My family is on a limited budget, with both my husband and I working part time, so we know all about trying to make ends meet. We bought a farm share at the beginning of the season and get a full box of produce at $30 a week, which provides us with local, fresh, seasonal produce and eggs that lasts through the week.
We also buy beans and brown rice in bulk, saving money while supplying us with nutrient-dense protein, dietary fiber, and an array of vitamins and minerals.
Supplementing these basics, we make a run to our local grocer once a week to get dairy products and bananas.
No wasted money on processed junk foods. If we get a sweet craving, we make homemade cookies or ice cream, which still contributes to our nutrient needs.
All this for less than $150 a week, less than the average low-income consumer respondent in the study.
I know the study is more focused on the financial effect on the consumer, but we can't really separate the cost the consumer pays for food from the cost of travel, cost of ozone-depleting emissions from semi-trucks carrying that produce thousands of miles, and the small percentage of cost the farmer actually gets when selling to large distribution houses, leaving him with a barely livable wage.
And what about the cost of health care? A nutrient-dense healthy diet costs the consumer less in medical bills as well. Better diet has been proven to lead to less visits to the expensive doctor's office and lower insurance premiums, saving the consumer money now and down the road.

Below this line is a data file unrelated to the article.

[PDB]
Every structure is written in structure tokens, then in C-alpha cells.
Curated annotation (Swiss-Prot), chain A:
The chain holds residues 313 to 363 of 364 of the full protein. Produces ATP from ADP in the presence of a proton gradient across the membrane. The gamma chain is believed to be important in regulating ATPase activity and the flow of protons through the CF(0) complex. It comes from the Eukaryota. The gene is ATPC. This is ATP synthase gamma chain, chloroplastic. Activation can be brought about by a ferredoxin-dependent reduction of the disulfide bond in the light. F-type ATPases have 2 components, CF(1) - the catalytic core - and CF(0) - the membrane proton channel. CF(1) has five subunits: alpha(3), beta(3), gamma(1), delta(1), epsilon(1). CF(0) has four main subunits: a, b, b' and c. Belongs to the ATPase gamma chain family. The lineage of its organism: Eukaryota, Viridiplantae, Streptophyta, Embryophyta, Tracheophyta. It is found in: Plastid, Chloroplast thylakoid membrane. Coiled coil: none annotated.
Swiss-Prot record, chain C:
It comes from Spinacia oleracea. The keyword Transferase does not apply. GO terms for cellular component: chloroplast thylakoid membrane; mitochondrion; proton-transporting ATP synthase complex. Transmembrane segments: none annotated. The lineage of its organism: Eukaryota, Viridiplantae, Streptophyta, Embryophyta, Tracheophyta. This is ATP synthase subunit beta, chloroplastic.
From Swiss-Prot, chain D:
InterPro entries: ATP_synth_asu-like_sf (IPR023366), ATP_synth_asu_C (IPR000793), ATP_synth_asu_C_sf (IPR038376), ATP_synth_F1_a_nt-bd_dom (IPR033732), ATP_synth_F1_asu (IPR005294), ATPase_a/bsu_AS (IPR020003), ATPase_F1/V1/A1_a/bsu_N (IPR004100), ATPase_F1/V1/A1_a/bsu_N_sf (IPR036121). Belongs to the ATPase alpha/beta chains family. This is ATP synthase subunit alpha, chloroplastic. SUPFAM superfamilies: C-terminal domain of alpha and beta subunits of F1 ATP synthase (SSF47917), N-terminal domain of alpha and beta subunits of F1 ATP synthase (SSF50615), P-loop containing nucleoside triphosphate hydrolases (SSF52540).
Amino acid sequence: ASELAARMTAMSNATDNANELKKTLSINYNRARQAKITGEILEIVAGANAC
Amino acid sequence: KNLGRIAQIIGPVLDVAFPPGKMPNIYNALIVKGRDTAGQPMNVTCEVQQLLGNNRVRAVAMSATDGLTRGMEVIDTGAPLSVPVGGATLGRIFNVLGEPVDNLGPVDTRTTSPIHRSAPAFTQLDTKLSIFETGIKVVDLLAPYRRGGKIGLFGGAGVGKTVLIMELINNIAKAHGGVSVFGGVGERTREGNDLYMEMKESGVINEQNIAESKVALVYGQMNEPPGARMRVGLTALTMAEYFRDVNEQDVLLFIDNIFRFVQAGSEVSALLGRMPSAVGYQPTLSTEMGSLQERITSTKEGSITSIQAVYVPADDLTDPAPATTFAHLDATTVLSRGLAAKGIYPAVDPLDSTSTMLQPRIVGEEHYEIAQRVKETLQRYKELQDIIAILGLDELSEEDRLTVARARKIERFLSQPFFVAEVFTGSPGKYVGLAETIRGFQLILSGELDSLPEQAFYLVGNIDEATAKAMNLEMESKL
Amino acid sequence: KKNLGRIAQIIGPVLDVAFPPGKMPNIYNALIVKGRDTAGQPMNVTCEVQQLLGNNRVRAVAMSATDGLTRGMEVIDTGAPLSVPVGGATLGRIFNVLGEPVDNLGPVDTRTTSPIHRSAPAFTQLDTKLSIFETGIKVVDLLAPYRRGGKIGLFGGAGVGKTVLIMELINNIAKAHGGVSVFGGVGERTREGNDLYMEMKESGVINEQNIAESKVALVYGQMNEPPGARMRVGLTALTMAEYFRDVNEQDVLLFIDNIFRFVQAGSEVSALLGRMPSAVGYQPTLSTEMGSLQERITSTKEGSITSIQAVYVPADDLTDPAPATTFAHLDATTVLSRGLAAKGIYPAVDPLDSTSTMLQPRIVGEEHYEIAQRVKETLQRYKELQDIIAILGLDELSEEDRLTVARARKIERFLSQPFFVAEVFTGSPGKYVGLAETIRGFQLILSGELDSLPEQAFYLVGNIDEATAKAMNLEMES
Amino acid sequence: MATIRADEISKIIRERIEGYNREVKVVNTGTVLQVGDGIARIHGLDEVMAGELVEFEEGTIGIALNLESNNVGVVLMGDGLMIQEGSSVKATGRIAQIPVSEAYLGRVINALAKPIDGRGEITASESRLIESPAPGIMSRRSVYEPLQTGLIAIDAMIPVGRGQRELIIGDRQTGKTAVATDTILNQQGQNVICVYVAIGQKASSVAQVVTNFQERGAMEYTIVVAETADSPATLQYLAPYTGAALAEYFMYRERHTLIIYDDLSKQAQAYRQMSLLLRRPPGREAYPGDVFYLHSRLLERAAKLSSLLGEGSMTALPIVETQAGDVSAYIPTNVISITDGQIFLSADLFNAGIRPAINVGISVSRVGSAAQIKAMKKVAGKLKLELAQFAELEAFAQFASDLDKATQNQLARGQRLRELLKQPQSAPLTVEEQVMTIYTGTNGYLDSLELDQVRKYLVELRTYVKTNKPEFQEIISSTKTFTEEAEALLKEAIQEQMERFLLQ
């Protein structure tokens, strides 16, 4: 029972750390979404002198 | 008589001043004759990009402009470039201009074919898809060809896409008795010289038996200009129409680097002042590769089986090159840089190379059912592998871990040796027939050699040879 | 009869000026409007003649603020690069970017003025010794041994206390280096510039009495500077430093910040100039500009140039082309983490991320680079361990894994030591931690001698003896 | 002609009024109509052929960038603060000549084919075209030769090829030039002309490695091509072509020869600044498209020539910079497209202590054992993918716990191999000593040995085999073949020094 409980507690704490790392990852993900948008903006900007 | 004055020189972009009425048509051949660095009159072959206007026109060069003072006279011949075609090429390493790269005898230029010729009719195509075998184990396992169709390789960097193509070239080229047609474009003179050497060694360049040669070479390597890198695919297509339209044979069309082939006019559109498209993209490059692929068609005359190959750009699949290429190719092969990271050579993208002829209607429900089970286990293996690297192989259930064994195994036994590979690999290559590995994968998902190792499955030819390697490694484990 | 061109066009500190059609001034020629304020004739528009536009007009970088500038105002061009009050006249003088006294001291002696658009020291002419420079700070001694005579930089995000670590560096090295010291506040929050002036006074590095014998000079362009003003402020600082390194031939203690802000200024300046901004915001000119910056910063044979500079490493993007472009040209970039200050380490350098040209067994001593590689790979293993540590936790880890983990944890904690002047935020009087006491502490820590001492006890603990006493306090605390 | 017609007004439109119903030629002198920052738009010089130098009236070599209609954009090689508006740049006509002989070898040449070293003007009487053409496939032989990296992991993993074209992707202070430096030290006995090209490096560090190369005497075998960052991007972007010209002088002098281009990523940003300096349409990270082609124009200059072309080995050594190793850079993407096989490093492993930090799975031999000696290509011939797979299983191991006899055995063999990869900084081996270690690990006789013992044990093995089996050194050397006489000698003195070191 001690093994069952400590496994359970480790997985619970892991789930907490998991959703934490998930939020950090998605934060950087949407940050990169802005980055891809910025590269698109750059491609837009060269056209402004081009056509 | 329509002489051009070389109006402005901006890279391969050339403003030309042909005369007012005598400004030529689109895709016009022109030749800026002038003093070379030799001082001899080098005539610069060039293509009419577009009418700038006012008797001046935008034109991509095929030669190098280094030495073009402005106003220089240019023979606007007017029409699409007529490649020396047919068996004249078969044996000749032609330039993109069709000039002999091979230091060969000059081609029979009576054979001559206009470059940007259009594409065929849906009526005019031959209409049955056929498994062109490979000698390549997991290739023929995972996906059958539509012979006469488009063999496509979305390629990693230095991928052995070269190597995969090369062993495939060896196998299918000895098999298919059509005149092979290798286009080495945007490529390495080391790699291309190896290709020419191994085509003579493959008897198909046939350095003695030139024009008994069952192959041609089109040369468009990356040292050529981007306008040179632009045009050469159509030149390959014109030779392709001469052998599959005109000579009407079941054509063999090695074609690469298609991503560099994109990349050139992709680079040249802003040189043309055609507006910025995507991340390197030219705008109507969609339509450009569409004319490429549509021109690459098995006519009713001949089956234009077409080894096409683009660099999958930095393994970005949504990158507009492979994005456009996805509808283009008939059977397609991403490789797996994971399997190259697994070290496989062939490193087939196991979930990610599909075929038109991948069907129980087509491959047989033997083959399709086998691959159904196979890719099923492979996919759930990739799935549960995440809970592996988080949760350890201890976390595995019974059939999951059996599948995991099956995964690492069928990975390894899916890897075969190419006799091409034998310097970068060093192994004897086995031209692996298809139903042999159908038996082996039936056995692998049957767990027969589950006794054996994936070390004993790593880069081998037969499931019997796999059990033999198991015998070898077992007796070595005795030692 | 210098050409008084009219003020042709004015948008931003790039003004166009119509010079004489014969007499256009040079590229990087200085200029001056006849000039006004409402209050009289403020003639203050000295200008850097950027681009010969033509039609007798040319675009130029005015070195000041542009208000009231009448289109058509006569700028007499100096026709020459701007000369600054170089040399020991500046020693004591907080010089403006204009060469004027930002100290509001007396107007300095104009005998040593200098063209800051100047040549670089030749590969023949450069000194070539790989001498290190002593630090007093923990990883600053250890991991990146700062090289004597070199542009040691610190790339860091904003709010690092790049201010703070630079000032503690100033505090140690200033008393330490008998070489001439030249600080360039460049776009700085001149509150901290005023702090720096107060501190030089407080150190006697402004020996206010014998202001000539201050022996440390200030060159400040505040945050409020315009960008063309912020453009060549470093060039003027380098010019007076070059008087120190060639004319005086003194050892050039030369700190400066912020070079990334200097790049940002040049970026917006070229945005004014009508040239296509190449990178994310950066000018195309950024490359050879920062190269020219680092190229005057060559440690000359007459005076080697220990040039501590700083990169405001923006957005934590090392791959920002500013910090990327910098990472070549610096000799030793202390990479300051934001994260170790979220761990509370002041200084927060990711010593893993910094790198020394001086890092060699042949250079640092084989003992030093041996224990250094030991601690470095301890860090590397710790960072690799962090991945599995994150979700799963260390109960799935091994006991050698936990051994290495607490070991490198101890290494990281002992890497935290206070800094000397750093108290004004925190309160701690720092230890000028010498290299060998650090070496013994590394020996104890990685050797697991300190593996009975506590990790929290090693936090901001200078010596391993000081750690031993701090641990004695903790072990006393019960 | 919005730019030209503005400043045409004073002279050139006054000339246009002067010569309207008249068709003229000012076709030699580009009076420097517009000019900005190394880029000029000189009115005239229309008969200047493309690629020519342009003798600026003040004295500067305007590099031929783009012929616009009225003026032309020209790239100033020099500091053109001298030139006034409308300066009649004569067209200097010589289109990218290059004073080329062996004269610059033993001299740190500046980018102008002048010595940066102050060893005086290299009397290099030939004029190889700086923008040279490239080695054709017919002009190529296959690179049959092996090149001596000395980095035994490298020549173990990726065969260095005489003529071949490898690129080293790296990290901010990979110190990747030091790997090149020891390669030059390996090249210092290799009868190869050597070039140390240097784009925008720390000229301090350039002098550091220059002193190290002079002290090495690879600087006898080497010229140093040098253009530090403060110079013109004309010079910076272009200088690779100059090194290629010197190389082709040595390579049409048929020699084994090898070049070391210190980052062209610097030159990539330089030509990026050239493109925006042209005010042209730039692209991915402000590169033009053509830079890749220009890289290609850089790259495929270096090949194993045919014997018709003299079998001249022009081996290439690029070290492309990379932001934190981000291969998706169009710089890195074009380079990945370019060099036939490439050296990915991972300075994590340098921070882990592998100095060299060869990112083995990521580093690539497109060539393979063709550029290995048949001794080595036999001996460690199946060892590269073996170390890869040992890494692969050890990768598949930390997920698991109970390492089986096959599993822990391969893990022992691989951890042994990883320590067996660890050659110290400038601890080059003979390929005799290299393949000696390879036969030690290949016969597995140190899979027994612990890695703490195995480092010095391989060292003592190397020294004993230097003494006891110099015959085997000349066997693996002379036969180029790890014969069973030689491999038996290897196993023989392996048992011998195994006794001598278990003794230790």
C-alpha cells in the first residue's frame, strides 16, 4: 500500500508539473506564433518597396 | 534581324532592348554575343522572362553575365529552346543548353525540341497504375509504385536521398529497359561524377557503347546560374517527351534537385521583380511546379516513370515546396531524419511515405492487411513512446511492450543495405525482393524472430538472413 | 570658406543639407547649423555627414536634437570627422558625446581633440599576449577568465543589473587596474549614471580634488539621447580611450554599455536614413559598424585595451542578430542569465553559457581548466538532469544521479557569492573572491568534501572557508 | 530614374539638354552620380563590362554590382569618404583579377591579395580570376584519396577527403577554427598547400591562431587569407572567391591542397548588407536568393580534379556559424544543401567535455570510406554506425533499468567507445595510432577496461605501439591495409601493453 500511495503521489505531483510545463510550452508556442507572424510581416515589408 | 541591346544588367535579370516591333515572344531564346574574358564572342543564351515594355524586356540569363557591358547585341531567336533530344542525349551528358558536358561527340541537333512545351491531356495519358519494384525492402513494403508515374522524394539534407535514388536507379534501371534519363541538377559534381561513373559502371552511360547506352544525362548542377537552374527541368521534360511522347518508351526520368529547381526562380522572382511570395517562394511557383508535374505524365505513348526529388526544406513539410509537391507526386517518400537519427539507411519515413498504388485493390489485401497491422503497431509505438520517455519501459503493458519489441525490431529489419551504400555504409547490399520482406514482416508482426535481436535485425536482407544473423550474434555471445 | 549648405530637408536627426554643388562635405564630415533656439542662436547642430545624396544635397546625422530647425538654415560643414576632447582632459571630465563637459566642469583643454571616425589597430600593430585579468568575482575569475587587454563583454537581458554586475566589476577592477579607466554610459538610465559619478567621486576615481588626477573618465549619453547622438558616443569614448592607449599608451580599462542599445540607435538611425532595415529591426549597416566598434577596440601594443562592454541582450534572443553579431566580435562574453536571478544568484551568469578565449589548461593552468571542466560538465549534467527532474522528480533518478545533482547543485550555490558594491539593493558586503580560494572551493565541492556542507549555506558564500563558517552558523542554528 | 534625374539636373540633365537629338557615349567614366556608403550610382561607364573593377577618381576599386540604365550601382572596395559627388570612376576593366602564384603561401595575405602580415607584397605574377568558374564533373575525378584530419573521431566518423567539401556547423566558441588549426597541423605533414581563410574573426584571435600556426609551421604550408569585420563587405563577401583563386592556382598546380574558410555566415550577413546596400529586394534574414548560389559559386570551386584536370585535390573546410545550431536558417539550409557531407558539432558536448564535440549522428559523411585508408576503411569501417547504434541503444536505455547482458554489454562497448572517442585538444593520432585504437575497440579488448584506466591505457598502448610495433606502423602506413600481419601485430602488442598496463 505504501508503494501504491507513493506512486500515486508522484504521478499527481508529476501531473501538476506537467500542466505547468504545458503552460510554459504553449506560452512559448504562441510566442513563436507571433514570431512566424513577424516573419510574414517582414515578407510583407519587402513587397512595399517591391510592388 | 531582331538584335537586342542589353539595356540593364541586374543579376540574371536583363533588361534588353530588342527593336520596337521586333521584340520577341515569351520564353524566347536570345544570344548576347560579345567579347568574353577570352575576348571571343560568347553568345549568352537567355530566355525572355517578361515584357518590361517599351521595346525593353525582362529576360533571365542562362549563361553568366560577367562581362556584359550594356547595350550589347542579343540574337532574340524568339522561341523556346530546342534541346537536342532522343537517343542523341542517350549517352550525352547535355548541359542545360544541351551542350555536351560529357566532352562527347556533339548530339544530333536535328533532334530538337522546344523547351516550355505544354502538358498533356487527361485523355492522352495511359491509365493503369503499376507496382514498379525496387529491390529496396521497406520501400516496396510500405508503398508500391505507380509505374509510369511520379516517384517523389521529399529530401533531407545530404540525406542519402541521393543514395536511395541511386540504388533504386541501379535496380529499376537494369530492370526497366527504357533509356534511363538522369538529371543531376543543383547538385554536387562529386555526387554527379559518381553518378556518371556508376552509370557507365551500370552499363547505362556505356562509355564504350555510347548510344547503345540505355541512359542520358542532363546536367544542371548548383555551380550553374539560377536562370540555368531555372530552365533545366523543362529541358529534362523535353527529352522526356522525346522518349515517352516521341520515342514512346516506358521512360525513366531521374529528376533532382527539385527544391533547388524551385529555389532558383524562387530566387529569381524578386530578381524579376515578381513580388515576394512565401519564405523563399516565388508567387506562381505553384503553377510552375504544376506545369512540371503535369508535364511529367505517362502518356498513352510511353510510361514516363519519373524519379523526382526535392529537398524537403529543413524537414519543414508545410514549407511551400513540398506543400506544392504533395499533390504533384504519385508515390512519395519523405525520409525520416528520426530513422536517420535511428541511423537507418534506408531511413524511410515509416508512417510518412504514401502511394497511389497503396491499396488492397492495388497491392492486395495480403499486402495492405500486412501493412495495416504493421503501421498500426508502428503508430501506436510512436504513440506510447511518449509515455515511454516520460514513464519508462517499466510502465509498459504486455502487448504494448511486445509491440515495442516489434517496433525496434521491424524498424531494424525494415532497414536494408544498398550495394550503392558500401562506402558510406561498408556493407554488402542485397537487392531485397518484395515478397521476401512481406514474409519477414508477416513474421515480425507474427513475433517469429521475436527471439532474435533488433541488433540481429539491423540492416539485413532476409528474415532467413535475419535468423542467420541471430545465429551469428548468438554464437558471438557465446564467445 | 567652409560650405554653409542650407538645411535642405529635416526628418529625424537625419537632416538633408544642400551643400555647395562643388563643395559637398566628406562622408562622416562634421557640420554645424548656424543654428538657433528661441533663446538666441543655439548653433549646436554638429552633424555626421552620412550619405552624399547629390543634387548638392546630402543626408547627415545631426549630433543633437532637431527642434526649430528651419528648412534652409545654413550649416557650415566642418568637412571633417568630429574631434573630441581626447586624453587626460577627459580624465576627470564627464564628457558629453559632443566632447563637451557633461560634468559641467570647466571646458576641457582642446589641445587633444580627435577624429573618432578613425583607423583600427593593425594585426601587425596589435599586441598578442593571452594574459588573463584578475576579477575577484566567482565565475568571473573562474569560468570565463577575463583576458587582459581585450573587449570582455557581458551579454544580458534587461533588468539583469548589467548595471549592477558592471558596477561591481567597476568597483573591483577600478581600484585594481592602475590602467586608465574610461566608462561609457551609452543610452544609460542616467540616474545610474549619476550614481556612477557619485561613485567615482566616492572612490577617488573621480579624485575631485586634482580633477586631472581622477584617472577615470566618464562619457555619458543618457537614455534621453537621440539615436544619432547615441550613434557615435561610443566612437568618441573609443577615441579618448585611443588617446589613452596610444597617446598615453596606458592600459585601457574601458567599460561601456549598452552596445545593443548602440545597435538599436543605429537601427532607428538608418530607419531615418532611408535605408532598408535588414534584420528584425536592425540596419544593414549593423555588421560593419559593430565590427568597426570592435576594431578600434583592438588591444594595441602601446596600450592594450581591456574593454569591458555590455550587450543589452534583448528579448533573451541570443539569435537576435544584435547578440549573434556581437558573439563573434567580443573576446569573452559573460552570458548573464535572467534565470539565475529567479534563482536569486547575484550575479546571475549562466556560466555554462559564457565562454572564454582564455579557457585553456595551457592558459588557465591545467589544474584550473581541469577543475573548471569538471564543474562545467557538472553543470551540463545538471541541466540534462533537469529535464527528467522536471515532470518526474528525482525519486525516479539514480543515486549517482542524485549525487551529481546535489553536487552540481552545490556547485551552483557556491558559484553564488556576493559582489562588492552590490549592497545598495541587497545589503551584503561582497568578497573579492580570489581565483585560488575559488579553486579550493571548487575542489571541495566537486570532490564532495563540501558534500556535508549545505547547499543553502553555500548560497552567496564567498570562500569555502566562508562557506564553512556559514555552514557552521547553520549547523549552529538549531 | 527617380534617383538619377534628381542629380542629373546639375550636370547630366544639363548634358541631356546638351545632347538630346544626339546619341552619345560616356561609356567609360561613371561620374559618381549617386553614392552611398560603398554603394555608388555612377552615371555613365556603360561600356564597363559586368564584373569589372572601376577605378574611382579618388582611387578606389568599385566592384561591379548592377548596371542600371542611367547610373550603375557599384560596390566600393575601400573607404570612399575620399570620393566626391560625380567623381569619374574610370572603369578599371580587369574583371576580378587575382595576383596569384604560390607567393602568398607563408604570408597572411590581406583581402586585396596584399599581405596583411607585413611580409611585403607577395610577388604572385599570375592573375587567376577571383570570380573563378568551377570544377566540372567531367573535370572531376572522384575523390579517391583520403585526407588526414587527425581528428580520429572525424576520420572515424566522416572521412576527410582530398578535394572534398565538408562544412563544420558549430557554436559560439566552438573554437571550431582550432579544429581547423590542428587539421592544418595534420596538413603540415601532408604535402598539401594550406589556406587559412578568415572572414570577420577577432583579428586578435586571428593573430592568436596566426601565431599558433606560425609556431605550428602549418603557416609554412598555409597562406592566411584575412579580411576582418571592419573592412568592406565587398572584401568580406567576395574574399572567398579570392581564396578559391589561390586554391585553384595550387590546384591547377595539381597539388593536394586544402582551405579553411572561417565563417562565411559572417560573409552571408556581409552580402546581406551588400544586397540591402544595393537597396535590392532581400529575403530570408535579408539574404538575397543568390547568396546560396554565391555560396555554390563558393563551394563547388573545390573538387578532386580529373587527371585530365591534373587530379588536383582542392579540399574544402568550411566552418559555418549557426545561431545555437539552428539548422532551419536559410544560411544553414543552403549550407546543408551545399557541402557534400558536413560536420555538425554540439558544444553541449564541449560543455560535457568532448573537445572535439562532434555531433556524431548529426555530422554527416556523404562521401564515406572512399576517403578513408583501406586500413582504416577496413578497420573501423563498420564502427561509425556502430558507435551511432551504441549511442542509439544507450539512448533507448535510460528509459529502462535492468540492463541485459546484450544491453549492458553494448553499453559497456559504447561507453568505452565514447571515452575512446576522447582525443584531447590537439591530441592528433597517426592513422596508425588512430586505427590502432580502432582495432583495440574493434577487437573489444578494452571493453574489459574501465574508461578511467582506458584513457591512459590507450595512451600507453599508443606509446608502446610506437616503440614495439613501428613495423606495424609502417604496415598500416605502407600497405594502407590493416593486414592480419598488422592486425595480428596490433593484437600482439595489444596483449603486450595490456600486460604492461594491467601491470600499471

This is not an easy subject. For most people, food is a very personal, emotional issue. And meeting nutritional needs is vitally important, but most folks don't want to change the way they eat. It's what they know. It's comfort. It's their history, their culture and their identity.
People want to eat better, but don't know where to start and many think they can't afford it.
The study calls for more assistance from the federal government to help average Americans meet dietary recommendations, through financial incentives for low-income consumers to buy fresh fruits, vegetables and whole grains. It also called for changes in the U.S. food production and distribution systems and reorienting agricultural subsides to support the production of fruits and vegetables.
It's up to each of us to make positive healthy changes at home, but having a better system that promotes and supports a healthy diet would be a great benefit to us all, especially those who need more help.
There are also wonderful resources out there for those who want to make healthful changes to their diet that don't require more government programs.
Check your local clinic for nutrition education classes, take a whole-foods cooking class, or search online for an abundance of ideas and resources.
Don't let headlines make you think you can't afford to make positive changes for you and your family. Healthy dietary change is within each and everyone's grasp and every journey starts with a first step. What's yours going be?
Chef Melissa Davis has a nutrition degree and has been cooking for 15 years. In addition to spending her Tuesday afternoons with the Y After School Program, Melissa works at Graze, The Fat Duck Inn, and Whitehouse-Crawford. She also does events for Waterbrook Winery. Melissa will instruct the Kids in the Kitchen course offered at the YMCA.